Who says web surfing can’t directly save you money? First of all, here are five websites I use on a very frequent basis that have directly saved me significant money.
Remember The Milk
I wrote ecstatically about this site before, but the same still holds true: I use it to manage my grocery list, among other things. I just add items to Remember the Milk whenever I think of it, then when I’m out at the store, I fire up the mobile version of the site and there’s my shopping list right on my cell phone. This makes it incredibly easy to just follow the grocery list and get out of the store without spending extra money.
This is basically the equivalent of printing money. When you have your shopping list ready, just visit this site and scroll through the pile of available coupons. Print the ones that match what’s on your list – most of them won’t, but I usually find one or two that do. I also like to visit the website of the grocery store I’m about to visit to pick up even more coupons. Quite often, five minutes of web surfing in this fashion can save me another $5 on a grocery store visit. No need to worry about clipping coupons at all; just print the ones you actually can use out before you go to the store.
If you’re about to make a larger purchase, stop by FatWallet before dropping the cash. The site is basically a collection of deals on all kinds of products from various vendors, from computers to housewares. I looked at FatWallet just before buying my laptop and after about three minutes of looking around, I found a Dell code that knocked $300 off of the price. I’ve found other deals there, too, just by looking around a bit before making a planned larger purchase.
PaperBackSwap is another site I’ve waxed ecstatic about in the past, but it still holds true: it’s an incredibly cheap way to get books in the mail at home. Basically, for every book you don’t want any more that you’re willing to ship via media mail to someone else who wants it (you’re matched up at the site), you can request any of the million-plus books there to be shipped to you for free.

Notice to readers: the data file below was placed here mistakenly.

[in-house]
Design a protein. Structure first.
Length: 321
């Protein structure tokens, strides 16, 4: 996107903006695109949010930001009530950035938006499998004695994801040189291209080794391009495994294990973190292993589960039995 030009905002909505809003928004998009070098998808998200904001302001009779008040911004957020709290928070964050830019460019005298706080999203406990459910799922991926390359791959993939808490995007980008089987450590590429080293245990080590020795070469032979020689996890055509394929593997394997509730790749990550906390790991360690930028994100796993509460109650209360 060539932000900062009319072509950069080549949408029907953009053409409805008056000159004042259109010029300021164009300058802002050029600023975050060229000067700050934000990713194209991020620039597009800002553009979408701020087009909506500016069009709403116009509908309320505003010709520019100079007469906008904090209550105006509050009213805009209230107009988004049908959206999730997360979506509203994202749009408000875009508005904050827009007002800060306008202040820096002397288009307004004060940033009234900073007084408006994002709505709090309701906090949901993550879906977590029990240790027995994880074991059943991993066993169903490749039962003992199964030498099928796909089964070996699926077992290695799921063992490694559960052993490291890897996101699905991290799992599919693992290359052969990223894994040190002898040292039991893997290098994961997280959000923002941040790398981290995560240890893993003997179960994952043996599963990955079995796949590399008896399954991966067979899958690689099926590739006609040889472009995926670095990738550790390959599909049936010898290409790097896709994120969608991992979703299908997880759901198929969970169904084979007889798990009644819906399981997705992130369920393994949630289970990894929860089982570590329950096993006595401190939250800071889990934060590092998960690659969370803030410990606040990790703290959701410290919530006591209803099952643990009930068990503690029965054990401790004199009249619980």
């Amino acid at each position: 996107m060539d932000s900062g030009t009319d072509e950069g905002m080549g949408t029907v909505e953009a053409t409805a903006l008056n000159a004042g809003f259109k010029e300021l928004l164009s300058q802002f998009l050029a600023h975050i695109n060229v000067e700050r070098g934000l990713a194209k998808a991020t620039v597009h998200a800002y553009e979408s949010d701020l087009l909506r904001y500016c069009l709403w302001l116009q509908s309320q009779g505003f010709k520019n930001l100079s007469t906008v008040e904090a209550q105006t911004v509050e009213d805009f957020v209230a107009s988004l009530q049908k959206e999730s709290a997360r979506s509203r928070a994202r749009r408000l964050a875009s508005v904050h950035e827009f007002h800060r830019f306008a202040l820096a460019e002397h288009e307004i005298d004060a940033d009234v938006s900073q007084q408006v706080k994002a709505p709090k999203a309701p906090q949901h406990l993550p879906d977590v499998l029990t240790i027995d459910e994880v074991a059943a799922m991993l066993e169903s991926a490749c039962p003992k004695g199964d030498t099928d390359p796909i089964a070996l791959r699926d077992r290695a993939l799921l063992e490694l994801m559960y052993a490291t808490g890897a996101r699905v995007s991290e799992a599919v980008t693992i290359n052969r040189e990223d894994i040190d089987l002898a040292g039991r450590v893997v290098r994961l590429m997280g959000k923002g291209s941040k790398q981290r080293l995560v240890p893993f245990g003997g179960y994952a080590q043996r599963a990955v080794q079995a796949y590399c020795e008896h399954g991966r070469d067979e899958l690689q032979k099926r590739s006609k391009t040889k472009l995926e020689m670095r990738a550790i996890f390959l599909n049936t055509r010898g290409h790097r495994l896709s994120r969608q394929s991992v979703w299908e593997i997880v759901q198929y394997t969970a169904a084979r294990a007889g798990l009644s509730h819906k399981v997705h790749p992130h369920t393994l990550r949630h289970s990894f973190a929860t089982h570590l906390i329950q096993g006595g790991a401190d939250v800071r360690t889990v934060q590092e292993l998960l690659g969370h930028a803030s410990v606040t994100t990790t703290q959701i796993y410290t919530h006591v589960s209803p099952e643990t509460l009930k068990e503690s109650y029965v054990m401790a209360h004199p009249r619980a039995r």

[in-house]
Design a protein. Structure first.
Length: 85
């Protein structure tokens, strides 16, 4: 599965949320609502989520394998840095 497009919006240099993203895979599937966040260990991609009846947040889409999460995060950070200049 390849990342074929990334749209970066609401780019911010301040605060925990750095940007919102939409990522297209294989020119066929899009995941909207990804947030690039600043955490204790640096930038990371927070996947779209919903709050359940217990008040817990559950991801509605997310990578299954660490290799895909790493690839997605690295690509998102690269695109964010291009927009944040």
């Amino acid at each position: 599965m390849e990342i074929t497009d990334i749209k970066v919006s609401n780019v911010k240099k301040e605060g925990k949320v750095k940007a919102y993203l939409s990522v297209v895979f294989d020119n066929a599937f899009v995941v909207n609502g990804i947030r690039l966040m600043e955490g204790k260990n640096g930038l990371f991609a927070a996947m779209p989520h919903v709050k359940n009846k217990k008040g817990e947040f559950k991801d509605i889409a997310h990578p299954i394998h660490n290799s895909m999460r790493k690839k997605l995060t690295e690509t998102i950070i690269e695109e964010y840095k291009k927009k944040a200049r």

What about other online sites?
Many people use such sites as Priceline.com and Shopping.com for online comparison shopping, and I agree that you can sometimes find deals by using them. However, I almost always find that the prices are slightly inflated at these types of sites. For example, I was recently able to find a very nice price for an airline ticket online, and it would have been quite easy to just click and order it. However, I just directly called the airline, told them the price that I could get online, and asked them if they could directly beat it. They did almost immediately by about $20.
In short, don’t believe in online comparison shoppers as the be-all-end-all of saving money. Although the prices are better than what you might find off the shelf, quite often a little more legwork can save you a little bit more than that. If you’re going to book a flight, get a hotel room, or other such things online, take an extra minute to call up the airline or hotel. Tell them the price you can get online and ask if they can directly beat it. Quite often, they will; by cutting out the middleman, you save and the airline or hotel might be making an extra dollar or two as well.
The same is true for comparison shopping. I’ve often found that once I locate the best price on a comparison shopping site, if I go to that specific site and enter directly, I can find the same item for the same price – or often cheaper.
Remember, comparison shopping sites are a tool to help you save money; they are rarely the ultimate answer themselves.